CC BY-NC-ND 4.0 · Journal of Gastrointestinal and Abdominal Radiology 2020; 03(02): 115
DOI: 10.1055/s-0040-1714180

Medical Journalism at the Time of the COVID-19 Pandemic

Rochita Venkataramanan
1  Department of Clinical Radiology, Apollo Hospital, Chennai, India
Argha Chatterjee
2  Department of Radiology, Tata Medical Centre, Kolkata
› Author Affiliations

An unprecedented outbreak of pneumonia of unknown etiology in Wuhan city, Hubei province, in China emerged in December 2019. A novel Coronavirus was identified as the causative agent, and the disease was subsequently termed COVID-19 by the World Health Organization. The COVID-19 pandemic has rapidly spread through the continents; also, it has brought along with it great hardships on the medical fraternity, as they cope with the rising numbers of sick. What makes these times especially challenging is that there is no clear understanding of which medications or treatment protocols are effective, as this disease is leaving the treating doctors groping in the dark. At the root of this dilemma is the quality of medical literature that is coming forth with studies showing clear flaws in methodology. There are currently 19251 articles indexed in PubMed on the topic of COVID published within a span of 5 months.[1] It is understandable that such volume of articles is not undergoing a rigorous peer review process at such a short time. What further muddied the waters is that two of the most prestigious medical journals having published studies relating to COVID-19 treatment based on big data, retracted them after their accuracy was questioned by researchers across the world.[2]

Such an event has dented the faith that the medical fraternity has in medical journals, a crushing blow leaving us gasping for breath and wondering how this could have happened. Publishing inaccurate research is a form of misconduct that is well known and may have several reasons. It has been known that even prestigious journals publish trials that are funded by the industry, the results of which are rarely unfavorable to the companies.[3] Journals are known to pursue publicity and would like to publish sensational articles with groundbreaking revelations. Authors may have conflicting interests and yet these may be hard to identify if not honestly disclosed.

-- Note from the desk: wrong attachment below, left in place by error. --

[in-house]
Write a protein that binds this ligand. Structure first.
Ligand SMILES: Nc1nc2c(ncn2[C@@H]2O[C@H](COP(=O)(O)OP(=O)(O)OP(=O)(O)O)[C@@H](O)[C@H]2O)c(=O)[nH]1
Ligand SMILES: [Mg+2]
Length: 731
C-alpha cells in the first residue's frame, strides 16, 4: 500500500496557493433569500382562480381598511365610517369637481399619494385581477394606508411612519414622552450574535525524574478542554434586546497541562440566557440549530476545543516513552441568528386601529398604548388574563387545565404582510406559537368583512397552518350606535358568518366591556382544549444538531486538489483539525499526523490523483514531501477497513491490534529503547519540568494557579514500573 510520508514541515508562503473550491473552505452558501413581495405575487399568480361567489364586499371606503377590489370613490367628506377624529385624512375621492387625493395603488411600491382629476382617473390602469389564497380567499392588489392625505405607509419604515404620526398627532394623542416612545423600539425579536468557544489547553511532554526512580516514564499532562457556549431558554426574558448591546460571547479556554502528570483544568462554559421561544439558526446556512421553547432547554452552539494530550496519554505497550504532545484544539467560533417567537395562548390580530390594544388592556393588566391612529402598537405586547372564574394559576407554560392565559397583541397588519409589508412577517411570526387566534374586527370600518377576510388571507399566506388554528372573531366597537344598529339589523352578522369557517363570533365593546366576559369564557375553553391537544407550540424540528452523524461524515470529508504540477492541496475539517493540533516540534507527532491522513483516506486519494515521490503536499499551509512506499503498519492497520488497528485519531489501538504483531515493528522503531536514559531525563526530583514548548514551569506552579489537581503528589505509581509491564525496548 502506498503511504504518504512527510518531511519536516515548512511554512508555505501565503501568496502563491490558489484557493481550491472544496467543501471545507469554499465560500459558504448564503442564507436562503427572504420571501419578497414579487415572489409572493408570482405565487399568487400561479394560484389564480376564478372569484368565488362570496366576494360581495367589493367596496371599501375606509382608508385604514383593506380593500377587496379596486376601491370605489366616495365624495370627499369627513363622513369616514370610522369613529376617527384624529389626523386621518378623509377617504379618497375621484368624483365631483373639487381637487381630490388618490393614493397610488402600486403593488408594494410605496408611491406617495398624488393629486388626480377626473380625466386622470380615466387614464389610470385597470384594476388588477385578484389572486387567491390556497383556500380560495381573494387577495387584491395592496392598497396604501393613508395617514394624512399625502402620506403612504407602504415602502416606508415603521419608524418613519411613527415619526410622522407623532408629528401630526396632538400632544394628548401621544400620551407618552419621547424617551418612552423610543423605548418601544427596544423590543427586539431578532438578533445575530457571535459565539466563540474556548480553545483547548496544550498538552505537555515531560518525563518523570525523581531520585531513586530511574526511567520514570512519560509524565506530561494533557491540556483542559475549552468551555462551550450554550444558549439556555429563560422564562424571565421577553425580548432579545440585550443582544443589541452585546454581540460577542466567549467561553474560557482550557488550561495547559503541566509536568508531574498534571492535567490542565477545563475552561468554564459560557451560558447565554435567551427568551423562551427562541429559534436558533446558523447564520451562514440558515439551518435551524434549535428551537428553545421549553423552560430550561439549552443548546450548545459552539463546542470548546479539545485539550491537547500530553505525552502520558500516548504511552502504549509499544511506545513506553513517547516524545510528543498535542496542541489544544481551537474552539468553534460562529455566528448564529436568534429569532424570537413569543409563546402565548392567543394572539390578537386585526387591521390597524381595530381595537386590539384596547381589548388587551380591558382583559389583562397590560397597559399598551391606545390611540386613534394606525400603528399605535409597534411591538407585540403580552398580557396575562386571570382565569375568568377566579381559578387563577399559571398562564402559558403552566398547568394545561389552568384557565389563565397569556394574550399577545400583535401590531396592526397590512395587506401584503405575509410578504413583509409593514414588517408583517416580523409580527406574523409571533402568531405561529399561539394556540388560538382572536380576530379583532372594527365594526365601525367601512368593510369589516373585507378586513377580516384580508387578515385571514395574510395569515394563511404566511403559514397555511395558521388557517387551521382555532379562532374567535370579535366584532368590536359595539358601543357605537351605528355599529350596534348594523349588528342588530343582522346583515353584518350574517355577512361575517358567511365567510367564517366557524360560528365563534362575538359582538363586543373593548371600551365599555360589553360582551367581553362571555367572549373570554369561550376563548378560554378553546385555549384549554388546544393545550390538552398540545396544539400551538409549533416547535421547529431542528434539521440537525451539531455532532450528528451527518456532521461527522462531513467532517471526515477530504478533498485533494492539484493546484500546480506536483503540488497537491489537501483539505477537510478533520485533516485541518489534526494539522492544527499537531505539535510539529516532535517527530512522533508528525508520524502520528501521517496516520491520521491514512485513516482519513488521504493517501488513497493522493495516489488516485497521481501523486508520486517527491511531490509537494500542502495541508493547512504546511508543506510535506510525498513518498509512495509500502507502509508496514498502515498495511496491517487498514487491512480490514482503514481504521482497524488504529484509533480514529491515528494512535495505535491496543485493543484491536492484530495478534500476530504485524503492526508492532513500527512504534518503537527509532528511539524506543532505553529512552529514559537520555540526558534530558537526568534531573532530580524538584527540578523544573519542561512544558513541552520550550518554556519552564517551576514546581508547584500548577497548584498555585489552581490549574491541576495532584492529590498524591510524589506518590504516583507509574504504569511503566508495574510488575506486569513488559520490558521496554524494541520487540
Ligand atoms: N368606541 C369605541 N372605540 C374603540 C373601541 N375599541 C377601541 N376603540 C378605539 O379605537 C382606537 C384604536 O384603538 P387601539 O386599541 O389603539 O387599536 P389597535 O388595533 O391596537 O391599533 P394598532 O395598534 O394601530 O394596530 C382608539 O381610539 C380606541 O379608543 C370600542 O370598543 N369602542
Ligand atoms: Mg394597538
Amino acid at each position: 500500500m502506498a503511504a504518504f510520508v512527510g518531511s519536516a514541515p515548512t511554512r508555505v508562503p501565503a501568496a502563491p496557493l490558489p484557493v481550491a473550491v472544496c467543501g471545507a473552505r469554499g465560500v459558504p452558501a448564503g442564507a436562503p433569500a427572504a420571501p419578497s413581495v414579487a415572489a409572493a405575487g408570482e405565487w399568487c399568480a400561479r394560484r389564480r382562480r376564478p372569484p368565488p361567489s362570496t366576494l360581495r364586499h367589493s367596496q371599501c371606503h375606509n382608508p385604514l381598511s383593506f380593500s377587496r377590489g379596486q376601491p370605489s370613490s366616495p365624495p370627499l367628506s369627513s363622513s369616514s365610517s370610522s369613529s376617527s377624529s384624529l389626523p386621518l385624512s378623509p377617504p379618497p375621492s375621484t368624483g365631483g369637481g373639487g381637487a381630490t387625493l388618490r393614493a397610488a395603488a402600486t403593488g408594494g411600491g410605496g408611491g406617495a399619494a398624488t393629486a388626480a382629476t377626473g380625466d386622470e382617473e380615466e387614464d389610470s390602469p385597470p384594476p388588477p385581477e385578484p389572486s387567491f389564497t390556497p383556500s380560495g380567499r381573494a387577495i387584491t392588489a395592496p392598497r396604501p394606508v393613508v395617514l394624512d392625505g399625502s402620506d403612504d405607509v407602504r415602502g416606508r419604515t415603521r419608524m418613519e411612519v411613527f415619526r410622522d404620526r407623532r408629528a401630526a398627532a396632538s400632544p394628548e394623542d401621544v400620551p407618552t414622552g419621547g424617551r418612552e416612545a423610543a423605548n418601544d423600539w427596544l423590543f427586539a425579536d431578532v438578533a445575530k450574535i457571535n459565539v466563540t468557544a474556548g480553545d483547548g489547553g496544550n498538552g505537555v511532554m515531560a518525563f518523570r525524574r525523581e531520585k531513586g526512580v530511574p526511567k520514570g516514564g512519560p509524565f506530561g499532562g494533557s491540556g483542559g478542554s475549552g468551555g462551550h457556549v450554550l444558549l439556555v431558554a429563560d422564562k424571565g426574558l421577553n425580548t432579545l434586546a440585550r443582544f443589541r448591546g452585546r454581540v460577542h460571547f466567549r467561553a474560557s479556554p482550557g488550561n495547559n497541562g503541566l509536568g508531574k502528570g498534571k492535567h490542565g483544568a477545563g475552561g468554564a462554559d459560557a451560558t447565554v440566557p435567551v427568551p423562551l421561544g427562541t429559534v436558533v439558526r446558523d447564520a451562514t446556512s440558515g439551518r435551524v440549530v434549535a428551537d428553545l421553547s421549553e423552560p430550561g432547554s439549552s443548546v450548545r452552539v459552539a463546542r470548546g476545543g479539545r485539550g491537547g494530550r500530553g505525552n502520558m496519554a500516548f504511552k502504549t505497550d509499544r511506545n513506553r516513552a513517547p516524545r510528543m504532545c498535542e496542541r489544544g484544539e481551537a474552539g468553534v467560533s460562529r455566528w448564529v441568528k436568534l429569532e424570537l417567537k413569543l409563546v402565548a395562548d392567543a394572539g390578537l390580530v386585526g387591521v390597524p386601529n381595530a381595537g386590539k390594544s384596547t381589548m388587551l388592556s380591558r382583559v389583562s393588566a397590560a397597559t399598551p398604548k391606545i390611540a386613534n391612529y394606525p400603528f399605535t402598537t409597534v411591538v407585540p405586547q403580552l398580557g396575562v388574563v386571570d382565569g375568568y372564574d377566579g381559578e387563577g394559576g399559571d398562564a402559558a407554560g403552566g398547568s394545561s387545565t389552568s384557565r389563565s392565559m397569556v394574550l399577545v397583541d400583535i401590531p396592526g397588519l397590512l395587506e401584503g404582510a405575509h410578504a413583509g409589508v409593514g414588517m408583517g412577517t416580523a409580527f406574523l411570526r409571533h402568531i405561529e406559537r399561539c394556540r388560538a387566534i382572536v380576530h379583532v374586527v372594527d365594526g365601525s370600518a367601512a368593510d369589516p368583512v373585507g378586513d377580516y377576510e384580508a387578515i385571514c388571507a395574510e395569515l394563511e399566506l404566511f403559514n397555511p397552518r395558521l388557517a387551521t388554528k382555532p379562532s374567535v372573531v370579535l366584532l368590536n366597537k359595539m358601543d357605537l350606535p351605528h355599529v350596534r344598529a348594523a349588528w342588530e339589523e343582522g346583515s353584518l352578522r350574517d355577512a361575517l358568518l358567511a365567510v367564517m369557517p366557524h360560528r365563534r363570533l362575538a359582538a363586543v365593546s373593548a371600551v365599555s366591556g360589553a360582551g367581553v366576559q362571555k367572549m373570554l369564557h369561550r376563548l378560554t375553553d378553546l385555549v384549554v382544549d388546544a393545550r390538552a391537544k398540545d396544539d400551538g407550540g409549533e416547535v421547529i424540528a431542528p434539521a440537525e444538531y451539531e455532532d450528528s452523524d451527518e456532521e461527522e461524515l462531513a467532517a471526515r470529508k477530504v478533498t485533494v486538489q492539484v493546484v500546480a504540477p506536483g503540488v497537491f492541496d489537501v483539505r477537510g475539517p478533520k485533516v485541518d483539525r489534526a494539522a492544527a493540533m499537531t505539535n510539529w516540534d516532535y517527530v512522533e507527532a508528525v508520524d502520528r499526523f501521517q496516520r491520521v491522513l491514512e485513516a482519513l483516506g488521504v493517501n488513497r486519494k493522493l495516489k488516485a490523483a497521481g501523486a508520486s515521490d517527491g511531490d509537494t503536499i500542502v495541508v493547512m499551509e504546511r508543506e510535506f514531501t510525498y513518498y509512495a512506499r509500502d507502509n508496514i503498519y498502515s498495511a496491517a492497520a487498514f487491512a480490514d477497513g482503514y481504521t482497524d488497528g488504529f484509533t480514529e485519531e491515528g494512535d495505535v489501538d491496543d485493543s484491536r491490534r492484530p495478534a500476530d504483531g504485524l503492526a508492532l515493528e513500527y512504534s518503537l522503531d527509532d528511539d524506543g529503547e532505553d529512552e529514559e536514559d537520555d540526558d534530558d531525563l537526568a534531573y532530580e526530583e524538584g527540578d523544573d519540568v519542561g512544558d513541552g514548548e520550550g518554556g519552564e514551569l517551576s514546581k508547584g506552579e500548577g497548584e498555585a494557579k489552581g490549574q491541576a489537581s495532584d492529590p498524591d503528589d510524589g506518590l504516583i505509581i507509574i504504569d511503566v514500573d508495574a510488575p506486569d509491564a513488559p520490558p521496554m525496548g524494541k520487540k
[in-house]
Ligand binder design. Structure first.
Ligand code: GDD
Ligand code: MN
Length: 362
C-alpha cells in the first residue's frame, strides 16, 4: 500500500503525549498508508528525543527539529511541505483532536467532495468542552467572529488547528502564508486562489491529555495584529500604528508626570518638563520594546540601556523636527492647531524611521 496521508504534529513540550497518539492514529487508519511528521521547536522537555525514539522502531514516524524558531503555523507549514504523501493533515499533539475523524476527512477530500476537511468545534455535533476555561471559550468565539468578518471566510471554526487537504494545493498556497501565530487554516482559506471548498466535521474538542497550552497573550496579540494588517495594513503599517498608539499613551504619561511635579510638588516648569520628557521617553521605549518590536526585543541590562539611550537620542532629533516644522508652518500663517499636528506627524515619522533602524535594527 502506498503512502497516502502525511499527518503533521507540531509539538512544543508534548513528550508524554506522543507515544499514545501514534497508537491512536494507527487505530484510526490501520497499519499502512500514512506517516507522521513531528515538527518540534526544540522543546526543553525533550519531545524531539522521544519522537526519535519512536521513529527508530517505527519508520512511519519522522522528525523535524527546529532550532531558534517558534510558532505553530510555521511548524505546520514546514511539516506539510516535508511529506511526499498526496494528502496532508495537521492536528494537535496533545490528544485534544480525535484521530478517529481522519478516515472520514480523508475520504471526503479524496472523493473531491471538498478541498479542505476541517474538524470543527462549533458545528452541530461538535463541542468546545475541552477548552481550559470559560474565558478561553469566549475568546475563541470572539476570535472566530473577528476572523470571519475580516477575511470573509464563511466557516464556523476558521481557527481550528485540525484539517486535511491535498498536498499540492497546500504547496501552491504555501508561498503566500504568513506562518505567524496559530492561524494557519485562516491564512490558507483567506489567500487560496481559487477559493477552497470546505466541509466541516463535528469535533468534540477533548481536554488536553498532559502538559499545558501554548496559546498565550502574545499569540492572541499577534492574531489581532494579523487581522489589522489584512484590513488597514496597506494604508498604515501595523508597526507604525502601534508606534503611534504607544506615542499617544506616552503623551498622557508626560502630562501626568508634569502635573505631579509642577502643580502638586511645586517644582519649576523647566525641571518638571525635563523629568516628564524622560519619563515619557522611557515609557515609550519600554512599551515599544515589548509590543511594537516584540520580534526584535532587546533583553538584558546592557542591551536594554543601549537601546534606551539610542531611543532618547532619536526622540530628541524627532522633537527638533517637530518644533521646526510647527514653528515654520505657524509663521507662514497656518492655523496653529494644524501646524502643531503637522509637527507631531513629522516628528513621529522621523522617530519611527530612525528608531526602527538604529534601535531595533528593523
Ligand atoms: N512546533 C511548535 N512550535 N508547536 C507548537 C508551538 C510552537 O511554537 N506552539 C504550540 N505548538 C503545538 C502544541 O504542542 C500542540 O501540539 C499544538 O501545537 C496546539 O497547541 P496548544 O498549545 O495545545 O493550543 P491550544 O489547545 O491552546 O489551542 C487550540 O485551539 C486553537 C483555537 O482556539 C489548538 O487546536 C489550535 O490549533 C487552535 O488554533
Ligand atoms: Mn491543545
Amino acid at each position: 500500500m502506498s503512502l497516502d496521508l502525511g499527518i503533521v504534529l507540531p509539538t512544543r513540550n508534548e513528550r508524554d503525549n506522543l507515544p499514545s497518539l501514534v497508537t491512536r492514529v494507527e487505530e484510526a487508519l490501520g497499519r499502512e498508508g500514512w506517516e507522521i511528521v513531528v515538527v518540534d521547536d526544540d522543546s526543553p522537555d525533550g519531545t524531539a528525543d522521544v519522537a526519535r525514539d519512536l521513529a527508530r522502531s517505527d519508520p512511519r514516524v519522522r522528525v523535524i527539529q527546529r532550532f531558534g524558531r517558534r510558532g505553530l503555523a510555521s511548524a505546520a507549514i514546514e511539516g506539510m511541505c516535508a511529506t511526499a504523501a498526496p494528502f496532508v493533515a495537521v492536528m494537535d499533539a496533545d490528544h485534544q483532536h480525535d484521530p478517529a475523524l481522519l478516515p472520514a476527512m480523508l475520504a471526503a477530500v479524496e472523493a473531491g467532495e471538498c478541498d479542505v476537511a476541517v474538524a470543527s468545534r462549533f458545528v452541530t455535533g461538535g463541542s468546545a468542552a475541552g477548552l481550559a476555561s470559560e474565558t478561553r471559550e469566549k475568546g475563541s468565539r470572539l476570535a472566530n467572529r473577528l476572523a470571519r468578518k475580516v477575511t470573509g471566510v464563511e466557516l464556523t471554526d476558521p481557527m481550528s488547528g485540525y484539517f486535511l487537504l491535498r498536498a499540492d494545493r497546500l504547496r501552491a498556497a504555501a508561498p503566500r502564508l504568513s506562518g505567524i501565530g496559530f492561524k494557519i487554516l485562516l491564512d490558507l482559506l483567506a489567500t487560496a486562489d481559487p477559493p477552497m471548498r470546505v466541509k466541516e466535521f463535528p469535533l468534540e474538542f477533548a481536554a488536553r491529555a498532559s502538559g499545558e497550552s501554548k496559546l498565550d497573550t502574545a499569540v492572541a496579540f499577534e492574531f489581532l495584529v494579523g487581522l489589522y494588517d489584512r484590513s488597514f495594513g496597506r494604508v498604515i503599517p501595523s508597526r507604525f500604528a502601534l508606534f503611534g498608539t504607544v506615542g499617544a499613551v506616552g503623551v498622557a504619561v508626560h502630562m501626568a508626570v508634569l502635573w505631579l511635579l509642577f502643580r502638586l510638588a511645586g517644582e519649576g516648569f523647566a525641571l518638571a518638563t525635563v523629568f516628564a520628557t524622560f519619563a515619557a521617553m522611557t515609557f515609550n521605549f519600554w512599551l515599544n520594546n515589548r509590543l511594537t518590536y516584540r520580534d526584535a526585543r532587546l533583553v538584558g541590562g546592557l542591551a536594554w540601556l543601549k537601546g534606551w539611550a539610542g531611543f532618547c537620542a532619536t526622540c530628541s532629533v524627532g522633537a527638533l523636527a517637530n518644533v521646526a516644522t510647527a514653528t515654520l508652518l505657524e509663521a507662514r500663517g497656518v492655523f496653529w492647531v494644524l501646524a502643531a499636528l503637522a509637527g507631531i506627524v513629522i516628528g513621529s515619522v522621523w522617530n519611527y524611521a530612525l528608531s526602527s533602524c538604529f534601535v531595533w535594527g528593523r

Peer review, a process which should be able to detect fallacies in research, is itself not a robust tool. It is known to be ineffective at finding fraud and prone to bias and abuse. Ill practices in which authors have been caught reviewing their own papers or suggested their friends as reviewers are known.[4]

During this time of a pandemic, medical journalism should provide answers to save lives and act as beacons of hope. Researchers should also make sure that they do not submit inaccurate data or use questionable research practices, misdirecting medical treatment. If scientific research is false, it will shake the very foundation of the pillars on which mankind survives. Falsehood in scientific research needs to be tackled by a united honest front of editors, reviewers and authors for the good of mankind.


Conflict of Interest

None declared.

Address for correspondence

Rochita Venkataramanan, MD, DNB, DMRD
Department of Clinical Radiology, Apollo Hospital

Publication History

Publication Date:
12 August 2020 (online)

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